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While the attention of the nation’s election law community recently was focused on whether the U.S. Supreme Court would adjudicate claims of unconstitutional “partisan gerrymandering”—the drawing of legislative district lines to favor one political party at the expense of fair democratic representation—Connecticut was wrestling with a different form of improper election practice, prison gerrymandering.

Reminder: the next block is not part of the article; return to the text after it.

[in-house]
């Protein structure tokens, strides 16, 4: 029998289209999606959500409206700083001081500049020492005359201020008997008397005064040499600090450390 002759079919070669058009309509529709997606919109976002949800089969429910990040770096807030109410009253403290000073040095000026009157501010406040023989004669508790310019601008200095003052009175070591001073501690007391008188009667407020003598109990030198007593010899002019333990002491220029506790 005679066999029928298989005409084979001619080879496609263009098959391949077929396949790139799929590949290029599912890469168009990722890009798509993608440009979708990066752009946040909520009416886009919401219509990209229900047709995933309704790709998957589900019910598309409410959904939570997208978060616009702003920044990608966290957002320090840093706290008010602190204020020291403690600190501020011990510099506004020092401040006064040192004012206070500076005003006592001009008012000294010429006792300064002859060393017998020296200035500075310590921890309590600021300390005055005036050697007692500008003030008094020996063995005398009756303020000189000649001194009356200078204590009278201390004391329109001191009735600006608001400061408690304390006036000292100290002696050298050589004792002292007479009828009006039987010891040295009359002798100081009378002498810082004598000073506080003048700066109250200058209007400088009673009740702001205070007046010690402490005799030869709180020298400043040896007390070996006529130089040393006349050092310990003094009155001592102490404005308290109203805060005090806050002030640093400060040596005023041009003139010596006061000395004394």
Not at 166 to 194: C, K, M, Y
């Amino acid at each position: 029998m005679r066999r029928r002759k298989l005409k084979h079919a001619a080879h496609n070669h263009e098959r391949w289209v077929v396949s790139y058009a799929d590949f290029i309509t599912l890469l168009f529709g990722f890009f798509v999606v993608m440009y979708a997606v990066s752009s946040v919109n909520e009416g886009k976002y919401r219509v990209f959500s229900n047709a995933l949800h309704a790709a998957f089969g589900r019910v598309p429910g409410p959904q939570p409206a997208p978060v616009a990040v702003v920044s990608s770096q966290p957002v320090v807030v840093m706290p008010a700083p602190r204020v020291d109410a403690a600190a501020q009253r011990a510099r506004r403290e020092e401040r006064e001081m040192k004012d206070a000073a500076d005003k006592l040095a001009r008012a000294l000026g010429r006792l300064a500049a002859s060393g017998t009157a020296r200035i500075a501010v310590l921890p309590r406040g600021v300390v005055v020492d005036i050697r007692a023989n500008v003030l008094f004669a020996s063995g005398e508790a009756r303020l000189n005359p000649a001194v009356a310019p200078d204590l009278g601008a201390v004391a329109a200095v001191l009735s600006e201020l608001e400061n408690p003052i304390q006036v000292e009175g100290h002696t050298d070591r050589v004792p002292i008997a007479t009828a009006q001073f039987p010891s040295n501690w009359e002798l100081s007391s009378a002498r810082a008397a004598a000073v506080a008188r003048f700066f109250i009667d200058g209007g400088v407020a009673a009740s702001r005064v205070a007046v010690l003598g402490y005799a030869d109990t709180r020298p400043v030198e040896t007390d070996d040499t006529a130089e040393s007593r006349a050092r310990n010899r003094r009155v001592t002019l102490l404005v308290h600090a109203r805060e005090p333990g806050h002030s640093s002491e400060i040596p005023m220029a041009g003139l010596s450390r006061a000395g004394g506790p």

Prison gerrymandering poses the question: Should inmates in Connecticut prisons be counted for legislative redistricting purposes in the “prison district” in which their prison is located or in the “home district” in which they permanently reside?

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